Carrot on a Stick

Carrot on a Stick
Bridging the Skill Gap

Rob Zacny | 7 Apr 2009 12:26
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A scene from my favorite screwball comedy, The Lady Eve: Barbara Stanwyck and Charles Coburn, a pair of con artists and professional card sharks, are chatting in the morning before they go to work fleecing a wealthy target. Coburn breaks out a deck of cards, eager to show her a trick. He deals the deck by fifths, then reaches into the stacks and finds all four of the aces. Stanwyck is delighted and baffled. Coburn shrugs. "You don't really need it," he says. "It's just virtuosity."

True talent may be its own reward, but most game developers have done everything possible to eliminate skill as a barrier to entry. If you can wrap your hands around a gamepad, the prevailing attitude is you should be able to play and enjoy just about any mainstream game. Even those of us who paid our dues in the 8-bit era will admit it's nice to occasionally spend an hour playing a game without risking an aneurysm. Nonetheless, games that lack the agony and ecstasy that attend accomplishment are often worse for it. Sometimes we want the opportunity, however pointless, to showcase our abilities.

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Which is why achievements are one of the current console generation's most important innovations. They bridge the gap between the skill-players and the dilettantes, the old guard and the young. Achievements reserve space for skill without barring the less adept from enjoying a game. Best of all, they can subtly transform novices into finesse players.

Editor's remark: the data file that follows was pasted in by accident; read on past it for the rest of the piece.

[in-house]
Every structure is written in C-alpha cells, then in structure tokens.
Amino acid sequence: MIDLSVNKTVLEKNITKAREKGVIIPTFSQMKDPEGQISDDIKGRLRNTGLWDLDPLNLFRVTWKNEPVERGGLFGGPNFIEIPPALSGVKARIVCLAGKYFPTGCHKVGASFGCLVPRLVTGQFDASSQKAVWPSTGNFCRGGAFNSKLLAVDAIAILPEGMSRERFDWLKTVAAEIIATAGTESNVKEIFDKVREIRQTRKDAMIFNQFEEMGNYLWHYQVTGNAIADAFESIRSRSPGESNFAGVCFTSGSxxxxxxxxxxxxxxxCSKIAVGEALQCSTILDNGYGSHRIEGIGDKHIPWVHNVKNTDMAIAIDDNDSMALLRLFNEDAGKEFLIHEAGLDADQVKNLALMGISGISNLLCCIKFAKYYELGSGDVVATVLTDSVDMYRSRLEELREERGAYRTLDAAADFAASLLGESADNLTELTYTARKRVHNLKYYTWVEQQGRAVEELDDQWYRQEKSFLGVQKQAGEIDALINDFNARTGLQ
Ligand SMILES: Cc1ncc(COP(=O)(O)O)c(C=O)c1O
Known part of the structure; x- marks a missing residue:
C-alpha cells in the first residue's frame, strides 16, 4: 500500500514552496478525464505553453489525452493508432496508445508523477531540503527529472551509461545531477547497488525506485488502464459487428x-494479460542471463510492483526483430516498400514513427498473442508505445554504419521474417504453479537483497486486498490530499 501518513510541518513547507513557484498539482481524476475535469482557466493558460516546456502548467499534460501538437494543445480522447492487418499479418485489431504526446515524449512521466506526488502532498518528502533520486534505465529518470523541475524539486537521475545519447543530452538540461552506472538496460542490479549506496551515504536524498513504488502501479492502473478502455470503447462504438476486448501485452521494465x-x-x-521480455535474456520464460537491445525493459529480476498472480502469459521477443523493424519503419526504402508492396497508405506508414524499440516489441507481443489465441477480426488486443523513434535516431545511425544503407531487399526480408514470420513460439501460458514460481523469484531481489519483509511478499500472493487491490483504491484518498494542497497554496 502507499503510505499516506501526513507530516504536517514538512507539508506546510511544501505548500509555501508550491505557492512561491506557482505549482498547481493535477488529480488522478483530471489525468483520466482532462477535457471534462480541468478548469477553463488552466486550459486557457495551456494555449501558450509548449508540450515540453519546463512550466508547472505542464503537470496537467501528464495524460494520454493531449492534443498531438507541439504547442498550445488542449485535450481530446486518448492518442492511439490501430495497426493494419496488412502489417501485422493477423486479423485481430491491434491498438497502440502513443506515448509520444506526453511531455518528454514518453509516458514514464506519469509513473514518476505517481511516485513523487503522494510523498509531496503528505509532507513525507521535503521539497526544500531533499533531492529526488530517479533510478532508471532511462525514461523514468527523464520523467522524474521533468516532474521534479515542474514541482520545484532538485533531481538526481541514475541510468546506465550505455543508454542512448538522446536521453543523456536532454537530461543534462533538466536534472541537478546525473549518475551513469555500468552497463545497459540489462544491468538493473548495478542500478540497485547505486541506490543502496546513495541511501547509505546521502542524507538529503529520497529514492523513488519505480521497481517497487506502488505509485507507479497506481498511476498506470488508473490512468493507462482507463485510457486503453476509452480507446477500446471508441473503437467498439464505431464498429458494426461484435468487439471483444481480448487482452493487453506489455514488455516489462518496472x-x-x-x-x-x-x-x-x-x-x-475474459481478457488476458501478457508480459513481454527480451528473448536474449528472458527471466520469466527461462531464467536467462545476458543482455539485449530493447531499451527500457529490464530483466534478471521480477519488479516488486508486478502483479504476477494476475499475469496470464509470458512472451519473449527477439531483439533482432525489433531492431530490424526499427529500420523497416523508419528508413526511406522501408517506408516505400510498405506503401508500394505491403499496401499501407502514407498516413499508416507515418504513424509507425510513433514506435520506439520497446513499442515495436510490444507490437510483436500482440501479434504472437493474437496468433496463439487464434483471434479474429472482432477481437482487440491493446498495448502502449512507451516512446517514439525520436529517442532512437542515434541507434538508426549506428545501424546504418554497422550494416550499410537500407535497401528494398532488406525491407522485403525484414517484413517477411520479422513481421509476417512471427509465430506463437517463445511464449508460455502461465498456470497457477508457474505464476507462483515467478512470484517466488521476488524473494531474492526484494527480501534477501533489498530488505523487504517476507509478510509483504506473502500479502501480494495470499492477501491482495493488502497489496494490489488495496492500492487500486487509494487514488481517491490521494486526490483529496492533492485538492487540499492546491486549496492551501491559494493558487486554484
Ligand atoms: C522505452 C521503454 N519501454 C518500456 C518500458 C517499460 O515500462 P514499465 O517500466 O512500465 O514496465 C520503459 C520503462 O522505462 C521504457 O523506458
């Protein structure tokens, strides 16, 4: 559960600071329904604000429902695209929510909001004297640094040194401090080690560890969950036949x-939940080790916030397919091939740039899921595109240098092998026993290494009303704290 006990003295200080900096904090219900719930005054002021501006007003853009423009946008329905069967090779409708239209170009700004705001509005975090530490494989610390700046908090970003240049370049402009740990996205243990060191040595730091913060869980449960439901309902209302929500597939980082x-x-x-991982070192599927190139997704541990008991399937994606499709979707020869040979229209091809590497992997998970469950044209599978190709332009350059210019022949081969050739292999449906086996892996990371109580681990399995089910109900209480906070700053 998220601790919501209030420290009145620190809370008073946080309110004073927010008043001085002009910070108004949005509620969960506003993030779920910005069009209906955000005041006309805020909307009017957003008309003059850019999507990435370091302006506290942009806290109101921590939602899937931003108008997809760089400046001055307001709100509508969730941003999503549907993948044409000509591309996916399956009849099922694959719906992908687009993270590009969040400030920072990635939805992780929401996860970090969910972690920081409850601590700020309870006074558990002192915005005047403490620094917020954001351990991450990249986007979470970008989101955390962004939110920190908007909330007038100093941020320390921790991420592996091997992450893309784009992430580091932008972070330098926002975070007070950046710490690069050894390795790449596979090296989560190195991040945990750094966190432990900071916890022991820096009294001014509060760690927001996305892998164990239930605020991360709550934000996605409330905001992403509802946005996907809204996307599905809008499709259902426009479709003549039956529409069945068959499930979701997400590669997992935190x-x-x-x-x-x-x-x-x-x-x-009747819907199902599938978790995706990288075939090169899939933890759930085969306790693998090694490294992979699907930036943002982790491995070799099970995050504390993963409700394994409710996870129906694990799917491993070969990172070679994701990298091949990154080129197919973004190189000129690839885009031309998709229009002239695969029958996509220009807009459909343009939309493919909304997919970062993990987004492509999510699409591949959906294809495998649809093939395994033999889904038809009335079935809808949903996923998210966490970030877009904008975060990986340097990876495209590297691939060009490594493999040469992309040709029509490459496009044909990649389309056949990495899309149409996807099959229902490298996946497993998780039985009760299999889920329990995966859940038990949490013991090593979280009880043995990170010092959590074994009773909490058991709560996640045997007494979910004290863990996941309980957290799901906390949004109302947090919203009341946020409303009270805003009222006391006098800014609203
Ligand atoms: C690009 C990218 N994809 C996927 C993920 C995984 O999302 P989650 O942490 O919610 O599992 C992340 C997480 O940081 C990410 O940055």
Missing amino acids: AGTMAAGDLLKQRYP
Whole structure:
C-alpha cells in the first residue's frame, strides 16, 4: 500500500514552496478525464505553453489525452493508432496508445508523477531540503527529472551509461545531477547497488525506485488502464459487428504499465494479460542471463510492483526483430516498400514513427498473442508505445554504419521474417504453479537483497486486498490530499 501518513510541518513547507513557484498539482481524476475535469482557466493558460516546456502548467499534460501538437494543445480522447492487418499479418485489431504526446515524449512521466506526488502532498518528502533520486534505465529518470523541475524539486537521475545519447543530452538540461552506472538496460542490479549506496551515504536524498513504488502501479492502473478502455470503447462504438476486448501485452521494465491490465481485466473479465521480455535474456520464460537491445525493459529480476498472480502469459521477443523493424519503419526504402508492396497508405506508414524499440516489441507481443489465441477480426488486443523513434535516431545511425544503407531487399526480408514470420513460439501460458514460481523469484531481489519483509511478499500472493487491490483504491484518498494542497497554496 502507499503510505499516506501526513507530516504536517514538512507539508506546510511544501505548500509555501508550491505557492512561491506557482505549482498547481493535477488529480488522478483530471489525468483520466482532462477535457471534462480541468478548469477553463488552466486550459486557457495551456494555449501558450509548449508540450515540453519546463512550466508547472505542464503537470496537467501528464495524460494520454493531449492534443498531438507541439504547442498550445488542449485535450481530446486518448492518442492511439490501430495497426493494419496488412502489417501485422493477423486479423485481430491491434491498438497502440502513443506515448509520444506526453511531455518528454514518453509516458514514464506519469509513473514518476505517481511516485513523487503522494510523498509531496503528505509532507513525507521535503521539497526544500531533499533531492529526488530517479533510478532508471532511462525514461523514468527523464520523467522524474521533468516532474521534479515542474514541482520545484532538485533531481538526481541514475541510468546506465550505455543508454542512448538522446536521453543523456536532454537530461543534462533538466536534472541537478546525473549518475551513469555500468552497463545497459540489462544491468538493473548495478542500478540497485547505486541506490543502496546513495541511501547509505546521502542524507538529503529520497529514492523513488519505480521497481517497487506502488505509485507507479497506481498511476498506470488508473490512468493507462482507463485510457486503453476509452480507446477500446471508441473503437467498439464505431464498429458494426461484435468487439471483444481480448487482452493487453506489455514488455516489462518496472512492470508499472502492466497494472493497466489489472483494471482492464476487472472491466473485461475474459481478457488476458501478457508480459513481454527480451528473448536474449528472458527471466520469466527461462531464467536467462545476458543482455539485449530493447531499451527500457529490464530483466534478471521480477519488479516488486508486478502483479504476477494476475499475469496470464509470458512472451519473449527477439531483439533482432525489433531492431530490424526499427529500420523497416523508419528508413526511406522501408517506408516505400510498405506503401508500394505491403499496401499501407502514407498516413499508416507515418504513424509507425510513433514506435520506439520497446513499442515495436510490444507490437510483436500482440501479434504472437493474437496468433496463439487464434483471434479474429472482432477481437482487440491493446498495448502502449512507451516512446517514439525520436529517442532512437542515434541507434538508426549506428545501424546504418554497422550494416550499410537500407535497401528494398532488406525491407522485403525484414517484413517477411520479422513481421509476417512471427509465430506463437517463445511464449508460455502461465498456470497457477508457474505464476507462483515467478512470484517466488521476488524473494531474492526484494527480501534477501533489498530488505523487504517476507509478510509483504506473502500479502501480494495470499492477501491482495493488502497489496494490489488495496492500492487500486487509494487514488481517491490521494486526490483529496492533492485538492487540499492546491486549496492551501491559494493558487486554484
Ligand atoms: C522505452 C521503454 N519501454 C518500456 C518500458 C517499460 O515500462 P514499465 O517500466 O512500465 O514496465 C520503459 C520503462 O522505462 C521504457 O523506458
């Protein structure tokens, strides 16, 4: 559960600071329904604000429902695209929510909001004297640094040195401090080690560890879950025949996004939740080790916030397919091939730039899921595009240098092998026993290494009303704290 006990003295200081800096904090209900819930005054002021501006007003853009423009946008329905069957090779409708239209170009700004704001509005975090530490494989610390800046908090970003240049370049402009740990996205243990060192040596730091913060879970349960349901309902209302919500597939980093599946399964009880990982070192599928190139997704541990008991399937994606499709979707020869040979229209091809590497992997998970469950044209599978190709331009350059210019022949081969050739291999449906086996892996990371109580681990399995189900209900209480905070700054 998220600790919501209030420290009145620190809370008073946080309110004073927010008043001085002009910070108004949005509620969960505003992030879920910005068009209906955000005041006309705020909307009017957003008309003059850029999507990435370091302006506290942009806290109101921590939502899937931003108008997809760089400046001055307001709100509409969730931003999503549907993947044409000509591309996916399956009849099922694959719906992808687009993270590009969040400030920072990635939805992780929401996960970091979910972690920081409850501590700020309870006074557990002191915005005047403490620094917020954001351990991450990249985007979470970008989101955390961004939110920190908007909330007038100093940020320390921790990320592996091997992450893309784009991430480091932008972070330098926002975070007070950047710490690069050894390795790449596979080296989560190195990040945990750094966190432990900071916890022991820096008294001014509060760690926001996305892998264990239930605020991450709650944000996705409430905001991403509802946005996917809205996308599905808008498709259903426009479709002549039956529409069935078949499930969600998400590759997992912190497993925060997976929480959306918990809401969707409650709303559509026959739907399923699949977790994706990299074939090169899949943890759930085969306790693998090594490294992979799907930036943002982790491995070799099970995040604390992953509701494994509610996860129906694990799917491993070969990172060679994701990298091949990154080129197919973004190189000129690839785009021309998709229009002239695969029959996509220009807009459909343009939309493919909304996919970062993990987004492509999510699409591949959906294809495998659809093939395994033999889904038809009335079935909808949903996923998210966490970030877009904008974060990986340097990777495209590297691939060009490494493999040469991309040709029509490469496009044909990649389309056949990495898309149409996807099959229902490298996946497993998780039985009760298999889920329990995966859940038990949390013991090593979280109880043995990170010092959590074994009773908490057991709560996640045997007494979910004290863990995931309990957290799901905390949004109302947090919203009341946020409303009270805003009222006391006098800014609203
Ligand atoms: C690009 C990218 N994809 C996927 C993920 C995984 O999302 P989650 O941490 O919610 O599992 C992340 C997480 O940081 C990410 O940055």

Achievements have unjustly earned a reputation for catering to our worst completionist instincts. That's why so many gamers fall victim to "achievement whoring," the single-minded and frequently joyless pursuit of a game's moving goalposts. But this phenomenon is a problem with the player, not the concept. A thoughtful set of achievements does more than tease obsessive-compulsives. Rather, it illuminates the trail from basic game mechanics to advanced techniques that players must master before they can claim to have finished the game.

For instance, the achievements in Team Fortress 2 offer a lifeline to newcomers who are trying to make sense of the initial chaos of multiplayer combat. Without the guidance these achievements provide, it would be easy to be confused by what each class is supposed to do. Furthermore, early experience in TF2 seems to suggest that life is cheap and disposable, and that the point of the game is to run at the enemy and hopefully kill a few of them before you fall in a hail of gunfire from an army of hostiles, rather like Butch and Sundance.

TF2's achievements, however, tell a different story. They set benchmarks for you to accomplish in a single life, slyly pushing you to rise above the amateurish 1:1 kill to death ratio. These achievements demonstrate that the game isn't a melee, but a team effort that depends on coordination, cooperation and individual skill. You earn "Play Doctor," for instance, by switching to the Medic class and healing 500 points of damage on a team without anyone already filling that role. Valve is saying, "Hey dummy! Someone has to be the Medic, so be the bigger man and put down the rocket launcher." It establishes the Medic as a vital and indispensable piece of the tactical puzzle, encourages awareness of your team's class composition and rewards you for accepting responsibility when it's required.

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